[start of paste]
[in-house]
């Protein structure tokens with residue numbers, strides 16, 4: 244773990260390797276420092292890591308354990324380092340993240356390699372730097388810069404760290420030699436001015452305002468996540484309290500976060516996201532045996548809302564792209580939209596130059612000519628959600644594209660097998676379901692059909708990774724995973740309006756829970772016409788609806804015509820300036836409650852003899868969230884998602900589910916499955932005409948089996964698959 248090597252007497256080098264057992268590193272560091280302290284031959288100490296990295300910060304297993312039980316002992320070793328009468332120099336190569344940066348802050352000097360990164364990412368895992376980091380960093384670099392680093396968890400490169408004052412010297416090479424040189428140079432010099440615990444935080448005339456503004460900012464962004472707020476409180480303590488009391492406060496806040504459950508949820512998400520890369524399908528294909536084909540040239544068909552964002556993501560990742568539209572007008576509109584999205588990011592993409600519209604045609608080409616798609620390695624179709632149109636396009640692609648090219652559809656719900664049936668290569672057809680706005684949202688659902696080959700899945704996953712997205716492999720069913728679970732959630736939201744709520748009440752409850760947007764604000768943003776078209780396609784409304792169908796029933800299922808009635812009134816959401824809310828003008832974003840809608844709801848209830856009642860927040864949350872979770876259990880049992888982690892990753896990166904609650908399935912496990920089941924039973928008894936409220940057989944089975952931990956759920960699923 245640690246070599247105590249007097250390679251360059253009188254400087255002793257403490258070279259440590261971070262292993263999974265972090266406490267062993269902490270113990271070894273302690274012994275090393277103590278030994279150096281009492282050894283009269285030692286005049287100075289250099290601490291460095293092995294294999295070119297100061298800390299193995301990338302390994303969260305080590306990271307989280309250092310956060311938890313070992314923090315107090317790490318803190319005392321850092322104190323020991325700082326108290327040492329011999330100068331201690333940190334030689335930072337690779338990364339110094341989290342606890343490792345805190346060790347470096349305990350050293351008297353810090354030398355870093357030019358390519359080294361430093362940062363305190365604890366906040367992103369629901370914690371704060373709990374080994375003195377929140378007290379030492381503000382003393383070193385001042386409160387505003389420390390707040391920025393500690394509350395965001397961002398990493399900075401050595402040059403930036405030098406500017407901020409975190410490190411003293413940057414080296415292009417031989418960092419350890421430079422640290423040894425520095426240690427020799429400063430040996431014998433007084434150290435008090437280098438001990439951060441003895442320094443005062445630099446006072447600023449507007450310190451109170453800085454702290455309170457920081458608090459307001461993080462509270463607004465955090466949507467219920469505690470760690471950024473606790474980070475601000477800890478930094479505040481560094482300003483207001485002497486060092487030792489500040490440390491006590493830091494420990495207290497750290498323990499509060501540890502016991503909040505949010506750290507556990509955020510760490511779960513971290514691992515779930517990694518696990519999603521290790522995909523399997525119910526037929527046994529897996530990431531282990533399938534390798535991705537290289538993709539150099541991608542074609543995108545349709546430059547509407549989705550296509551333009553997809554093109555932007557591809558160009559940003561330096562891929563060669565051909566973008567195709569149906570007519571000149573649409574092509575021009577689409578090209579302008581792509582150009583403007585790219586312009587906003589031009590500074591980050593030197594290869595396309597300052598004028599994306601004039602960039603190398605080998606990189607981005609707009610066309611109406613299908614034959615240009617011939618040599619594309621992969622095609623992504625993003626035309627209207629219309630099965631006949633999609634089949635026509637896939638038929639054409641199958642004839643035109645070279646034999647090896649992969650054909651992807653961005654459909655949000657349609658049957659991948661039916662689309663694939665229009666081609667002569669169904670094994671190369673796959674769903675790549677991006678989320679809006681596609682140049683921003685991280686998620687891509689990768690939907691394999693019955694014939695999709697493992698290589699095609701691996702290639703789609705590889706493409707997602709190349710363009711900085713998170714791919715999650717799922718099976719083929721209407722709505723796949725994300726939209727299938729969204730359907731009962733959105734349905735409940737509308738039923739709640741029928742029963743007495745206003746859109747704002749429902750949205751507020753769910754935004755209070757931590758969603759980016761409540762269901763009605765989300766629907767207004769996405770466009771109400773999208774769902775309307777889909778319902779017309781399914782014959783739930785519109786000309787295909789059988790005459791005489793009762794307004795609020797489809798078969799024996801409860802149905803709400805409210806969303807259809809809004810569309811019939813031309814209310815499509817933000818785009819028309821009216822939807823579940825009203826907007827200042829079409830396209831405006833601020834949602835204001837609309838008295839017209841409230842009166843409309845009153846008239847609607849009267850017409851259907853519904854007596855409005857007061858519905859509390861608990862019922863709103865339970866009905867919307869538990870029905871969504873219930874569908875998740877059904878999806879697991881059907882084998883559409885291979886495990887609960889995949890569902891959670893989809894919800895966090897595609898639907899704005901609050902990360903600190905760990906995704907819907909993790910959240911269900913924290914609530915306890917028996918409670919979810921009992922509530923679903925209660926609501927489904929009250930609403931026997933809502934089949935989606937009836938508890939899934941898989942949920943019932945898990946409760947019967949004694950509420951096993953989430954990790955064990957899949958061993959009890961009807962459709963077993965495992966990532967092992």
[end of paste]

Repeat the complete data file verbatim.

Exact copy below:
[in-house]
């Protein structure tokens with residue numbers, strides 16, 4: 244773990260390797276420092292890591308354990324380092340993240356390699372730097388810069404760290420030699436001015452305002468996540484309290500976060516996201532045996548809302564792209580939209596130059612000519628959600644594209660097998676379901692059909708990774724995973740309006756829970772016409788609806804015509820300036836409650852003899868969230884998602900589910916499955932005409948089996964698959 248090597252007497256080098264057992268590193272560091280302290284031959288100490296990295300910060304297993312039980316002992320070793328009468332120099336190569344940066348802050352000097360990164364990412368895992376980091380960093384670099392680093396968890400490169408004052412010297416090479424040189428140079432010099440615990444935080448005339456503004460900012464962004472707020476409180480303590488009391492406060496806040504459950508949820512998400520890369524399908528294909536084909540040239544068909552964002556993501560990742568539209572007008576509109584999205588990011592993409600519209604045609608080409616798609620390695624179709632149109636396009640692609648090219652559809656719900664049936668290569672057809680706005684949202688659902696080959700899945704996953712997205716492999720069913728679970732959630736939201744709520748009440752409850760947007764604000768943003776078209780396609784409304792169908796029933800299922808009635812009134816959401824809310828003008832974003840809608844709801848209830856009642860927040864949350872979770876259990880049992888982690892990753896990166904609650908399935912496990920089941924039973928008894936409220940057989944089975952931990956759920960699923 245640690246070599247105590249007097250390679251360059253009188254400087255002793257403490258070279259440590261971070262292993263999974265972090266406490267062993269902490270113990271070894273302690274012994275090393277103590278030994279150096281009492282050894283009269285030692286005049287100075289250099290601490291460095293092995294294999295070119297100061298800390299193995301990338302390994303969260305080590306990271307989280309250092310956060311938890313070992314923090315107090317790490318803190319005392321850092322104190323020991325700082326108290327040492329011999330100068331201690333940190334030689335930072337690779338990364339110094341989290342606890343490792345805190346060790347470096349305990350050293351008297353810090354030398355870093357030019358390519359080294361430093362940062363305190365604890366906040367992103369629901370914690371704060373709990374080994375003195377929140378007290379030492381503000382003393383070193385001042386409160387505003389420390390707040391920025393500690394509350395965001397961002398990493399900075401050595402040059403930036405030098406500017407901020409975190410490190411003293413940057414080296415292009417031989418960092419350890421430079422640290423040894425520095426240690427020799429400063430040996431014998433007084434150290435008090437280098438001990439951060441003895442320094443005062445630099446006072447600023449507007450310190451109170453800085454702290455309170457920081458608090459307001461993080462509270463607004465955090466949507467219920469505690470760690471950024473606790474980070475601000477800890478930094479505040481560094482300003483207001485002497486060092487030792489500040490440390491006590493830091494420990495207290497750290498323990499509060501540890502016991503909040505949010506750290507556990509955020510760490511779960513971290514691992515779930517990694518696990519999603521290790522995909523399997525119910526037929527046994529897996530990431531282990533399938534390798535991705537290289538993709539150099541991608542074609543995108545349709546430059547509407549989705550296509551333009553997809554093109555932007557591809558160009559940003561330096562891929563060669565051909566973008567195709569149906570007519571000149573649409574092509575021009577689409578090209579302008581792509582150009583403007585790219586312009587906003589031009590500074591980050593030197594290869595396309597300052598004028599994306601004039602960039603190398605080998606990189607981005609707009610066309611109406613299908614034959615240009617011939618040599619594309621992969622095609623992504625993003626035309627209207629219309630099965631006949633999609634089949635026509637896939638038929639054409641199958642004839643035109645070279646034999647090896649992969650054909651992807653961005654459909655949000657349609658049957659991948661039916662689309663694939665229009666081609667002569669169904670094994671190369673796959674769903675790549677991006678989320679809006681596609682140049683921003685991280686998620687891509689990768690939907691394999693019955694014939695999709697493992698290589699095609701691996702290639703789609705590889706493409707997602709190349710363009711900085713998170714791919715999650717799922718099976719083929721209407722709505723796949725994300726939209727299938729969204730359907731009962733959105734349905735409940737509308738039923739709640741029928742029963743007495745206003746859109747704002749429902750949205751507020753769910754935004755209070757931590758969603759980016761409540762269901763009605765989300766629907767207004769996405770466009771109400773999208774769902775309307777889909778319902779017309781399914782014959783739930785519109786000309787295909789059988790005459791005489793009762794307004795609020797489809798078969799024996801409860802149905803709400805409210806969303807259809809809004810569309811019939813031309814209310815499509817933000818785009819028309821009216822939807823579940825009203826907007827200042829079409830396209831405006833601020834949602835204001837609309838008295839017209841409230842009166843409309845009153846008239847609607849009267850017409851259907853519904854007596855409005857007061858519905859509390861608990862019922863709103865339970866009905867919307869538990870029905871969504873219930874569908875998740877059904878999806879697991881059907882084998883559409885291979886495990887609960889995949890569902891959670893989809894919800895966090897595609898639907899704005901609050902990360903600190905760990906995704907819907909993790910959240911269900913924290914609530915306890917028996918409670919979810921009992922509530923679903925209660926609501927489904929009250930609403931026997933809502934089949935989606937009836938508890939899934941898989942949920943019932945898990946409760947019967949004694950509420951096993953989430954990790955064990957899949958061993959009890961009807962459709963077993965495992966990532967092992």